With Only 2 Navigation Centers, Which Homeless Encampments Get Priority?

With Only 2 Navigation Centers, Which Homeless Encampments Get Priority?
Photos: Jessica Park/Hoodline
By Tommy Alexander - Published on December 09, 2016.

[Editor's Note: Hoodline is participating in this week's SF Homeless Project, in which more than 80 area publications are each covering homelessness issues in their own ways.

While we already write about these issues often, we hope that our stories today will add more neighborhood context to this very complicated topic, and to the great work being published elsewhere. You can read more about the project here.]

The six-month-old Department of Homelessness and Supportive Housing (DHSH) has taken on the ambitious project of ending homelessness in San Francisco. The officials at the new department are acting in the space between law, compassion and innovation—and they’re still experimenting to find a winning balance.

The current process for “resolving” all of the city’s homeless tent camps is to document and prioritize them, then reach out to develop individualized next steps for the members of each camp. From a practical standpoint, San Francisco certainly doesn’t have enough shelter beds to host more than about one-fifth of its homeless population at any given time. And roughly a third of the city's homeless population has been intermittently homeless for more than a decade, which suggests that a more nuanced approach is necessary to help people avoid slipping back onto the streets.

“We lead with social services,” said Sam Dodge, deputy director of the DHSH. “Person to person, we try to develop plans for everyone to be able to come in [to Navigation Centers] and try to leave their homelessness behind. Then we help set a date and work toward resolving the site and use the resources that we have to try to approach everyone’s problem.”

The department incorporates various sources of decision-making data, including this list of 311 calls and a running list of active encampments that is curated by San Francisco Public Works. The Public Works list logs the relative size, location and safety of the camps. “Size” is listed in terms of both people and tents, while “safety” is ranked on a scale from 1 (safe) to 5 (dangerous/violent).

Dodge and the department's director, Jeff Kositsky, both bring years of social work experience to their jobs at DHSH. Their task is vast and administrative, but they also spend a lot of time on the ground: visiting camps, nurturing Navigation Centers, and speaking with San Franciscans at all levels of the system. Dodge admits that although they use various data sources, much of their work is necessarily intuitive due to the fluid, complicated nature of homelessness.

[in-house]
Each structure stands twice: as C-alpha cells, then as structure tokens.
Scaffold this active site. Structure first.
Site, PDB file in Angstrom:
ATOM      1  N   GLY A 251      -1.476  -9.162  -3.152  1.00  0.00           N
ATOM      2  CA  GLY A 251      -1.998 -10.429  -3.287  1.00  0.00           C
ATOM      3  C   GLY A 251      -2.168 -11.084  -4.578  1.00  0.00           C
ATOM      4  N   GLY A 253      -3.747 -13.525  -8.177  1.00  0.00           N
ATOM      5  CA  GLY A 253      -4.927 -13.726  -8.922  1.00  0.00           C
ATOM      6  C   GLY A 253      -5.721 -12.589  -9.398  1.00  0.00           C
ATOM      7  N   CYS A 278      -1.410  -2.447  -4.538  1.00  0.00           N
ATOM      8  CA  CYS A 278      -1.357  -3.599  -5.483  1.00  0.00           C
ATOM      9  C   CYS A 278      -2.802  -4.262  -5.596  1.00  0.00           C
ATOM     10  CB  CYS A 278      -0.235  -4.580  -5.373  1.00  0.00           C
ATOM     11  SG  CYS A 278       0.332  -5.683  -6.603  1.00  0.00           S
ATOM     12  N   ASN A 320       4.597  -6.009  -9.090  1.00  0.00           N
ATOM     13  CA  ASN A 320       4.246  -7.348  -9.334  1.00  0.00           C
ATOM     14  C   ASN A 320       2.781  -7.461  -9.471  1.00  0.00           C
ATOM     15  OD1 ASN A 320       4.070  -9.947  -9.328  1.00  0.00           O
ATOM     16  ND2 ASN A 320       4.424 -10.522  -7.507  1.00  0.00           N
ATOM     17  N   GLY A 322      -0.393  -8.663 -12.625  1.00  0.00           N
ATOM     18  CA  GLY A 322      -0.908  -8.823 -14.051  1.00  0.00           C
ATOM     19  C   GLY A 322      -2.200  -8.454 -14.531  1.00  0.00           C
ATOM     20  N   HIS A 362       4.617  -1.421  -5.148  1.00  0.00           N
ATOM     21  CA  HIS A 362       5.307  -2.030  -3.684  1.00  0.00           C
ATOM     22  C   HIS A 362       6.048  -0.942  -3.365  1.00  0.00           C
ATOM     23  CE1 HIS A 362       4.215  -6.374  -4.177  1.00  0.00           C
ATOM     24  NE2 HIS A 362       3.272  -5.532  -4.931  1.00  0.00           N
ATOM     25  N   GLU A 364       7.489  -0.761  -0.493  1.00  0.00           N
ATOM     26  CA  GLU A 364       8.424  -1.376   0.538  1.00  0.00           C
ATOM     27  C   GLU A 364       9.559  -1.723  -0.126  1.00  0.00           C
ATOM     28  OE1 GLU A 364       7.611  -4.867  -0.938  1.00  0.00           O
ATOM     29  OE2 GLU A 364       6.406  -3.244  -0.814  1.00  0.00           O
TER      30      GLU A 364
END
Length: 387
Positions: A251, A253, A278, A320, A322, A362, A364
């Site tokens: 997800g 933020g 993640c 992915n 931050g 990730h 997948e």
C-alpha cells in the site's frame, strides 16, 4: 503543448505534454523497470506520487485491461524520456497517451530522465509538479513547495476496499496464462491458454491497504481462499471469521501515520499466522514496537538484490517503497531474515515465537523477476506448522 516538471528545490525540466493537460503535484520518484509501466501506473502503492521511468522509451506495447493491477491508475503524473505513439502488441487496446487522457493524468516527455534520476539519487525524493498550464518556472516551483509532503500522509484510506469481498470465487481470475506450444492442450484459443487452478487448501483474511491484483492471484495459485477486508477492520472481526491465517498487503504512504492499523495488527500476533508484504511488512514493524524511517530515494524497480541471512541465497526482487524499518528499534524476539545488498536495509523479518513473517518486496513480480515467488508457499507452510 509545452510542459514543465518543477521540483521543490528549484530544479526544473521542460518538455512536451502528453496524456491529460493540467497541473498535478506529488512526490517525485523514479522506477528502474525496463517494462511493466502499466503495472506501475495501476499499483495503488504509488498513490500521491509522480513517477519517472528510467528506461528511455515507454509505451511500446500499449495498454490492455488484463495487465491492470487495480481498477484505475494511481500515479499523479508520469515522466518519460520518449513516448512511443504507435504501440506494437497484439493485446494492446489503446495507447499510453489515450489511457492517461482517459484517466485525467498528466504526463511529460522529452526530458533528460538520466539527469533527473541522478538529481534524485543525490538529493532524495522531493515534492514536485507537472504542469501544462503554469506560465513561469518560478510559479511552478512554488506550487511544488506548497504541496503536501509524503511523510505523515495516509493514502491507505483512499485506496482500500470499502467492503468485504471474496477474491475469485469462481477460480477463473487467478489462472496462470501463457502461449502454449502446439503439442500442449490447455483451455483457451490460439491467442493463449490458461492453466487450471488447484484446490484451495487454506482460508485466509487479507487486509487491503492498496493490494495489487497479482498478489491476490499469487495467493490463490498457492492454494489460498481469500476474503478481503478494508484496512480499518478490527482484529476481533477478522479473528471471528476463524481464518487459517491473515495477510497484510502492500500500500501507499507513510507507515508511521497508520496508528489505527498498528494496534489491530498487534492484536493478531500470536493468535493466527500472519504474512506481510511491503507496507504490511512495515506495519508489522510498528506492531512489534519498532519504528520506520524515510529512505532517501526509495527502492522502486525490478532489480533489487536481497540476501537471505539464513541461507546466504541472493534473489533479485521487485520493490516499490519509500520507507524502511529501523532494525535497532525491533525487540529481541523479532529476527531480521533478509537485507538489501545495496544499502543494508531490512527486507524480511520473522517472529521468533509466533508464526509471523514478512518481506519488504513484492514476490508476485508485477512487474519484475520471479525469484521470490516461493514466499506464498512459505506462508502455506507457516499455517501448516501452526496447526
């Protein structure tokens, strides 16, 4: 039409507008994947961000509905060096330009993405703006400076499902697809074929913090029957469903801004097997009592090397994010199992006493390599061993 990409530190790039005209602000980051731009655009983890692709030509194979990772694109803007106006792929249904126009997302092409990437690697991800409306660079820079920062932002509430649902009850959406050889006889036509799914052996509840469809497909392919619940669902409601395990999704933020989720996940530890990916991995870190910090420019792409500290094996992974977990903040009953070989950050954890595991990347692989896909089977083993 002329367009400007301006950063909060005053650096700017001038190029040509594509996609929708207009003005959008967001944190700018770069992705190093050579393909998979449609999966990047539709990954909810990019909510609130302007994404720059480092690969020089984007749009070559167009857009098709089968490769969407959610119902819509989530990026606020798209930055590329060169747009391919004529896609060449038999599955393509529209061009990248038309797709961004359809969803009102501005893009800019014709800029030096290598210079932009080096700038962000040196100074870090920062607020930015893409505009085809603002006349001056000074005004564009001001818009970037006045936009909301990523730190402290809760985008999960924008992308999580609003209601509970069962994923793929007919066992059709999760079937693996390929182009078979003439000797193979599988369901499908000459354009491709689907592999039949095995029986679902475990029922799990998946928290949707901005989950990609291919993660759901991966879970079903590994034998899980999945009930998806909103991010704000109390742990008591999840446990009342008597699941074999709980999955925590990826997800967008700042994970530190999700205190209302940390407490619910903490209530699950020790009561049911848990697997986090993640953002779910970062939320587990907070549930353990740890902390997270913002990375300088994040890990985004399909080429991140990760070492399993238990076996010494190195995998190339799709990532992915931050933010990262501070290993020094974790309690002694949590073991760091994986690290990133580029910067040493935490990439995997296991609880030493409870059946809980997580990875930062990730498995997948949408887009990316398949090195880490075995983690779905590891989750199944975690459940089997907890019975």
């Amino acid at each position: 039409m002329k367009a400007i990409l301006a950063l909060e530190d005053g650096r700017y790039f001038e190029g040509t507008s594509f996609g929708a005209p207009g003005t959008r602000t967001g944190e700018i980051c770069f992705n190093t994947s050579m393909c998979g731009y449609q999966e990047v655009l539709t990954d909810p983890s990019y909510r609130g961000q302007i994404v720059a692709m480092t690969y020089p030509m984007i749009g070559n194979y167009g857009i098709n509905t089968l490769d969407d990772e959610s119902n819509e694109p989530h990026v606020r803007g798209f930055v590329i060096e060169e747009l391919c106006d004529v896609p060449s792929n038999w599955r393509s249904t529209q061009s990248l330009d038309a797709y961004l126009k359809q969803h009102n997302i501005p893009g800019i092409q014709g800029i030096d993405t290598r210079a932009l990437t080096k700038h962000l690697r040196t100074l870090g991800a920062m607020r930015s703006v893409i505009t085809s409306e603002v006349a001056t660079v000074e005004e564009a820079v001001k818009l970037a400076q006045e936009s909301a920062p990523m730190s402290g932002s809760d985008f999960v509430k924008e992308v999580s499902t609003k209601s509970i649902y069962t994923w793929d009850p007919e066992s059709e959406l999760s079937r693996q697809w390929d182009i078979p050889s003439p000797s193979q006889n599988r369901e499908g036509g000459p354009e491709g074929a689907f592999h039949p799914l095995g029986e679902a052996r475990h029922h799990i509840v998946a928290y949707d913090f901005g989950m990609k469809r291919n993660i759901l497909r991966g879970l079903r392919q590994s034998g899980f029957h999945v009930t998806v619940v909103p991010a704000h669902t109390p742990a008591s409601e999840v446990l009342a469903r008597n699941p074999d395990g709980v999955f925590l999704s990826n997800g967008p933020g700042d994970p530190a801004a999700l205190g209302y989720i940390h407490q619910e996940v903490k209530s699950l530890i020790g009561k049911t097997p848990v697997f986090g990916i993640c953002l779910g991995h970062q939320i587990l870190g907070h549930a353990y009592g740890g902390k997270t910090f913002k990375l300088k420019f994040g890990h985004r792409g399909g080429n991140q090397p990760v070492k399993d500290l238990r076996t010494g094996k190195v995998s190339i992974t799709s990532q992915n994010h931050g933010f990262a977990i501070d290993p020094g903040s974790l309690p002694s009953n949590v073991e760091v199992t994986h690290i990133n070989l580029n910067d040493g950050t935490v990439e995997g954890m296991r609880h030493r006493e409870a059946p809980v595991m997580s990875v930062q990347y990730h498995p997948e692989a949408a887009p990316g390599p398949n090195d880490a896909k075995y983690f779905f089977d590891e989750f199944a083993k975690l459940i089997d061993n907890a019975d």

“It’s unfortunate, right, that San Francisco has so many unsheltered people,” said Dodge, “and there are a lot of highs: locations with more than 20 individuals that are in real conflict with the surrounding communities. Information over a month old is less operational for decision-making, so it’s a combination of experience and instinct. We have to work with the resources that we have and just decide.”

Jason Albertson, who leads the DHSH Encampment Resolution Team, emphasized the complexity of the problem, but acknowledged that the subjective safety of a given camp—both for its residents and for its rent-paying neighbors—plays a key role in whether its resolution becomes a priority. The most dangerous camps tend to be large, centrally located, internally violent, and wracked with addiction.

“It’s not one thing that holds decision power but many, which makes it complex,” wrote Albertson in an email. “Encampments can get to be places that are supportive of the individuals there, and can also become dangerous places with prevalent violence and risk of interpersonal violence as well as high frequency of end-stage substance use disorders.”

An encampment is also more likely to be flagged for quick resolution if it bothers the neighbors. Camps with a high volume of 311 complaints are usually either the most visible or the most volatile, and the DHSH officials use this metric to determine whether they should turn their immediate attention to a site.

“I tend to try and match current encampment size to current resource set, and acknowledge neighborhood complaint frequency and encampment duration as part of my inputs into the decision-making process,” wrote Albertson. ”We also look at what the possibilities of developing re-encampment prevention plans are, how much time they will take, what can be done to activate the space and how long that will take.”

Ultimately, there is no simple answer for how the city prioritizes the movement of various homeless encampments into Navigation Centers. No one knows exactly what it looks like to end homelessness in a city of this size, but the task-force at the DHSH is trying.